The more intrusive pat-downs in particular – which “some passengers have compared to sexual molestation,” Gerstein writes – were seen by some as a tipping point in the fight against terror over the question of how much privacy should U.S. citizens relinquish in the name of improved security against terrorism. A security adviser said that American culture views “the laying on of hands by anyone in authority” as a more serious invasion of privacy than investigating a passenger’s travel history through a background check. Even so, an ABC News/Washington Post poll cited in the Politico.com blog found that public reaction was roughly split, 50-50, on whether the pat-downs were a good idea.

Employment Screening Resources (ESR), an accredited provider of background checks, believes effective background checks occur at the intersection of privacy and security. For more information about instituting background check programs, visit the Employment Screening Resources website at http://www.ESRcheck.com and read the ESR News blog at http://www.ESRcheck.com/wordpress/.

Founded in 1996 in the San Francisco Bay area, Employment Screening Resources (ESR) is the company that wrote the book on background checks with ‘The Safe Hiring Manual’ by ESR founder and President Lester Rosen. Employment Screening Resources is accredited by The National Association of Professional Background Screeners (NAPBS®) Background Screening Credentialing Council (BSCC) for proving compliance with the Background Screening Agency Accreditation Program (BSAAP). For more information about Employment Screening Resources, visit http://www.ESRcheck.com or contact Jared Callahan, ESR Director of Client Relations and Business Development, at 415.898.0044 or jcallahan@ESRcheck.com.

New CA Law Regulates Offshoring Personally Identifiable Information (PII) of Consumers Used in Background Checks

By Thomas Ahearn, ESR News Editor

A recently signed California law appears to be the first in the United States to regulate the “offshoring” of Personally Identifiable Information (PII) of U.S. consumers used during background checks – such as names, dates of birth, addresses, Social Security numbers (SSNs), and financial data – overseas and outside the U.S. and its territories.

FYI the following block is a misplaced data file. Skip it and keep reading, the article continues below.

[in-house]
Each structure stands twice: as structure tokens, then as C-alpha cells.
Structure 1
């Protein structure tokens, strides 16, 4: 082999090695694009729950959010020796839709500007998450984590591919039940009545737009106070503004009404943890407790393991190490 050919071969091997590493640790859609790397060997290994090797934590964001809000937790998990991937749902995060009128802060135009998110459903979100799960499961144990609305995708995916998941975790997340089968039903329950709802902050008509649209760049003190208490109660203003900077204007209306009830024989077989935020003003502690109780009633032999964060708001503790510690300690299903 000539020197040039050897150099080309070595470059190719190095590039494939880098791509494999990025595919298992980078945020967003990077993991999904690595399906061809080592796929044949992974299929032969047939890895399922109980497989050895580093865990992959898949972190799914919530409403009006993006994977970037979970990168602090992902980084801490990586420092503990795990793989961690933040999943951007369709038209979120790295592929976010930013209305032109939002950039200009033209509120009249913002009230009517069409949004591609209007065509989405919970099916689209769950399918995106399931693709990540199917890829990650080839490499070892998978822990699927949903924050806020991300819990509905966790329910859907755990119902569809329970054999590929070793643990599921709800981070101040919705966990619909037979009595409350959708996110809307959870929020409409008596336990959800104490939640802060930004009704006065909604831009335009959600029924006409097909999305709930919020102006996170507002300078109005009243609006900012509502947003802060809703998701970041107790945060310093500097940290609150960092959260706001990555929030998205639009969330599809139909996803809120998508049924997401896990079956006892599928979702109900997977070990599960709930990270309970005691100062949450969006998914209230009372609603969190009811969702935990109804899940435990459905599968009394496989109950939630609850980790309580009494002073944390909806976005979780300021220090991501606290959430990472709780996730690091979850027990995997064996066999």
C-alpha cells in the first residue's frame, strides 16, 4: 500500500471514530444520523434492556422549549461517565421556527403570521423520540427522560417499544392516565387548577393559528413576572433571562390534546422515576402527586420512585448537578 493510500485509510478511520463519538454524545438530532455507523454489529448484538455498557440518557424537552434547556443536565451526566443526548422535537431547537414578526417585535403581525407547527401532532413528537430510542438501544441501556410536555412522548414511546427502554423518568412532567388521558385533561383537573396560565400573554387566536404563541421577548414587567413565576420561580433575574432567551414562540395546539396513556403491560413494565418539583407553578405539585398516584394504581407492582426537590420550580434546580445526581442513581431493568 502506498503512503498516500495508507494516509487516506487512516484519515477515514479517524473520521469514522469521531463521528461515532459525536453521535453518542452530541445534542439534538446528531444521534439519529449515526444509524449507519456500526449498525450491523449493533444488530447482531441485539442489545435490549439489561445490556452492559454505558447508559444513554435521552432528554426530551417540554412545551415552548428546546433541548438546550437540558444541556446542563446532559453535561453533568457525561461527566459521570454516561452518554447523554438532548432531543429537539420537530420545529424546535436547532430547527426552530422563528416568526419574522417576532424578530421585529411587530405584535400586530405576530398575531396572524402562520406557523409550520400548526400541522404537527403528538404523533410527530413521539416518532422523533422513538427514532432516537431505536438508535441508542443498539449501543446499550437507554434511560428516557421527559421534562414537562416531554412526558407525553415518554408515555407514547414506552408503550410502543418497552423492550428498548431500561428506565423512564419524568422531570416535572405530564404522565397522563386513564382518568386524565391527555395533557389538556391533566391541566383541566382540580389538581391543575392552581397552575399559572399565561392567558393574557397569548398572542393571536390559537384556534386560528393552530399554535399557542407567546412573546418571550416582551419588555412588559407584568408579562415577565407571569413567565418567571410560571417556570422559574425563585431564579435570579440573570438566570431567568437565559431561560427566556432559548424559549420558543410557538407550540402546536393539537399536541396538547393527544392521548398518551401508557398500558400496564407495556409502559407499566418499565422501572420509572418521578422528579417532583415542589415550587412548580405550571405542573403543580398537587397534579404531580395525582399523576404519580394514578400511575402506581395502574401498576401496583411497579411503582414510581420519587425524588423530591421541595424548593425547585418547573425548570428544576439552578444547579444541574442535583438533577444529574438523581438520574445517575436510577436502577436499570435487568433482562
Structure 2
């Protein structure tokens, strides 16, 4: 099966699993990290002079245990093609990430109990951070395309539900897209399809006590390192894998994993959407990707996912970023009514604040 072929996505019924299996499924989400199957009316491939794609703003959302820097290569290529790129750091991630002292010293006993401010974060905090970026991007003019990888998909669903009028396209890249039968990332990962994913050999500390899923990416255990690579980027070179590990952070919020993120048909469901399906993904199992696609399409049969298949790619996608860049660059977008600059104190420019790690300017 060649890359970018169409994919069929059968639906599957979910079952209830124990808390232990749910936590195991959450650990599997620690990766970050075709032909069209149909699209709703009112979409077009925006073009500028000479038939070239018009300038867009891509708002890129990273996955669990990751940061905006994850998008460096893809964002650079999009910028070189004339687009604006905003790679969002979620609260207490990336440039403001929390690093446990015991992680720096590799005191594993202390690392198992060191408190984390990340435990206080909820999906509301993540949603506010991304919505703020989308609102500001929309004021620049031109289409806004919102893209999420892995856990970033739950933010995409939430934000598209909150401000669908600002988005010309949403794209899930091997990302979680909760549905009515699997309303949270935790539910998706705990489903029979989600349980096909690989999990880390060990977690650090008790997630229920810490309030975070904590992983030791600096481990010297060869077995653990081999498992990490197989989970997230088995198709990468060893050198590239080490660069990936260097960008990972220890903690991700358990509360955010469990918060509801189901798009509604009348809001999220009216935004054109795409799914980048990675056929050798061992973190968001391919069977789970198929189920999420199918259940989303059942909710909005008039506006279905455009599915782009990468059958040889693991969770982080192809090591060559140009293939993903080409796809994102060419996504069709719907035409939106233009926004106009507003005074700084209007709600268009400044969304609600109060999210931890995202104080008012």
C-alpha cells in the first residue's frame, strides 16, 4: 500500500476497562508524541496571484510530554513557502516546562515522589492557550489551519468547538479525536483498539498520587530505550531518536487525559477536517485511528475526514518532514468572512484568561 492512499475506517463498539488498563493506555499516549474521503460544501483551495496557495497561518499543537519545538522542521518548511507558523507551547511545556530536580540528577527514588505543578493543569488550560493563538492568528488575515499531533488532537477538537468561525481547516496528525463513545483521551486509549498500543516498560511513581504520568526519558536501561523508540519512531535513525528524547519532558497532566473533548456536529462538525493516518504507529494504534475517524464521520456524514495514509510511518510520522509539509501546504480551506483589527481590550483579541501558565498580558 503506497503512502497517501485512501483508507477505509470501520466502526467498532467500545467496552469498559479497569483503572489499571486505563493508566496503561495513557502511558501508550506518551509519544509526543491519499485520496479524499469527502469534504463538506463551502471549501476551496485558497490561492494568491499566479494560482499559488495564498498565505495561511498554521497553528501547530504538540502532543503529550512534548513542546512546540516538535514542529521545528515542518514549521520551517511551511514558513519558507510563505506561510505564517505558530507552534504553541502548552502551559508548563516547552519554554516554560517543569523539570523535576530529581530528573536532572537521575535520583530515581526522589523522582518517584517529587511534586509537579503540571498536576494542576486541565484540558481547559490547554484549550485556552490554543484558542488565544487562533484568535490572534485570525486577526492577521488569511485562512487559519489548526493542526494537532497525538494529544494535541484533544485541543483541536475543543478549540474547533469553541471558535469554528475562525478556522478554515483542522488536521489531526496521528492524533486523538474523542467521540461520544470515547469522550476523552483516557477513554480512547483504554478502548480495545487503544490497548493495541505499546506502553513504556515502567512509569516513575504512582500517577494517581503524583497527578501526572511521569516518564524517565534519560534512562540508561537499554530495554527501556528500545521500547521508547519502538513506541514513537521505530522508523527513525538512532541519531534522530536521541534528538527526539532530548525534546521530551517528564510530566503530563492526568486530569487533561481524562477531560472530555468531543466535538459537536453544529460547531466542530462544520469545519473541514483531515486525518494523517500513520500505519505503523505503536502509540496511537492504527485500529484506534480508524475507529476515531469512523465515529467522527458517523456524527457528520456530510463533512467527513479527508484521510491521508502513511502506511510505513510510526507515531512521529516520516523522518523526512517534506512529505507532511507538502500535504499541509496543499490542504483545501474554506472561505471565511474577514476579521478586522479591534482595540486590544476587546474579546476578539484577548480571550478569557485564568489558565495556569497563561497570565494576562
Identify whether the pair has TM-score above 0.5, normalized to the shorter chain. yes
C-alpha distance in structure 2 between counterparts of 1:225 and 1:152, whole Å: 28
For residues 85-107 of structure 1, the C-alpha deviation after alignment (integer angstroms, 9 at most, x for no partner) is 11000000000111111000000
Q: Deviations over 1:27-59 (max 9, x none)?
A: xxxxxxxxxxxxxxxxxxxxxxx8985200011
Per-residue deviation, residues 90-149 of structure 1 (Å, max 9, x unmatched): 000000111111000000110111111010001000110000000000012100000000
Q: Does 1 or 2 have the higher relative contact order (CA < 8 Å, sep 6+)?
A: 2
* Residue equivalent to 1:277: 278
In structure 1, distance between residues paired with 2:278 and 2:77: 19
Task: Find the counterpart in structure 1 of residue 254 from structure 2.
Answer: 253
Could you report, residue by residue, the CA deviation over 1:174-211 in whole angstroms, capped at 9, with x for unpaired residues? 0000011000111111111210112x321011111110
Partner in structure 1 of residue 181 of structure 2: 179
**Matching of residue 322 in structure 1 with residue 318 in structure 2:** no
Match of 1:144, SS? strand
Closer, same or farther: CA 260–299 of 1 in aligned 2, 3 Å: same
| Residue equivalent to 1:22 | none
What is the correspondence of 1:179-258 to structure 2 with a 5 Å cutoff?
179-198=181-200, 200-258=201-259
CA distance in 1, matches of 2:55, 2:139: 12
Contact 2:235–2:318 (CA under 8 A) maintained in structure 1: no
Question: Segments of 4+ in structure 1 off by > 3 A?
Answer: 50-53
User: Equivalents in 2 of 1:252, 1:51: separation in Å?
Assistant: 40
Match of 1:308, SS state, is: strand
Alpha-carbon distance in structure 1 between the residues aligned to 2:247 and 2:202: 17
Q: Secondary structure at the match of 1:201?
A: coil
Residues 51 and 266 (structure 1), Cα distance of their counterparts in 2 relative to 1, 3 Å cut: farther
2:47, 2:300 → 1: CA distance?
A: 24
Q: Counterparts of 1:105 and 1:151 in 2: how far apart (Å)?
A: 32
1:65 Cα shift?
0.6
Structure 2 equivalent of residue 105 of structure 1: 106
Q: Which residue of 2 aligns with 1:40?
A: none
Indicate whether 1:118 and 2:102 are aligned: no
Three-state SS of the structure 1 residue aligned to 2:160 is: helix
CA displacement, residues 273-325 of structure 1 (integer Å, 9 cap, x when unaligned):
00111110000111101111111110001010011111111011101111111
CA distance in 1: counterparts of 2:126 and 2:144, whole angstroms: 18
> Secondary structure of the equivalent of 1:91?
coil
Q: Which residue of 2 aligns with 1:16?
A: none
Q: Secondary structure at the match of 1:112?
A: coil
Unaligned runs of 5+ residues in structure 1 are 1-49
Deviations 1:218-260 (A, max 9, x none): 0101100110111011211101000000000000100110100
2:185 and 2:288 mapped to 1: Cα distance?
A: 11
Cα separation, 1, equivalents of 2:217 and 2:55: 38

In September 2010, Governor Arnold Schwarzenegger signed into law California Senate Bill 909 (SB 909), which addresses the issue of personal information being sent offshore. SB 909 – which takes effect January 1, 2012 to allow time for background check companies to provide new releases to employers or modify online language – amends the California Investigative Consumer Reporting Agencies Act (ICRA) that regulates background checks in California and requires that a consumer must be notified as part of a disclosure before the background check of the web address for “information about the investigative reporting agency’s privacy practices, including whether the consumer’s personal information will be sent outside the United States or its territories.”

If a background check company does not have a web site, then the background check company must provide the consumer with a phone number where the consumer can obtain the same information. In addition, the background check company’s privacy policy must contain “information describing its privacy practices with respect to its preparation and processing of investigative consumer reports.” Specifically, background check companies in California (and firms that do business in California) must have a statement in their privacy policy entitled “Personal Information Disclosure: United States or Overseas” that indicates whether the personal information will be transferred to third parties outside the United States or its territories through the process of offshoring.

SB-909 defines “third parties” as including, “but not being limited to, a contractor, foreign affiliate, wholly owned entity, or an employee of the investigative consumer reporting agency” and also requires a “separate section that includes the name, mailing address, e-mail address, and telephone number of the investigative consumer reporting agency representatives who can assist a consumer with additional information regarding the investigative consumer reporting agency’s privacy practices or policies in the event of a compromise of his or her information.” In the event a consumer is harmed by virtue of a background check company negligently sending data offshore, SB-909  provides for damages to the consumer.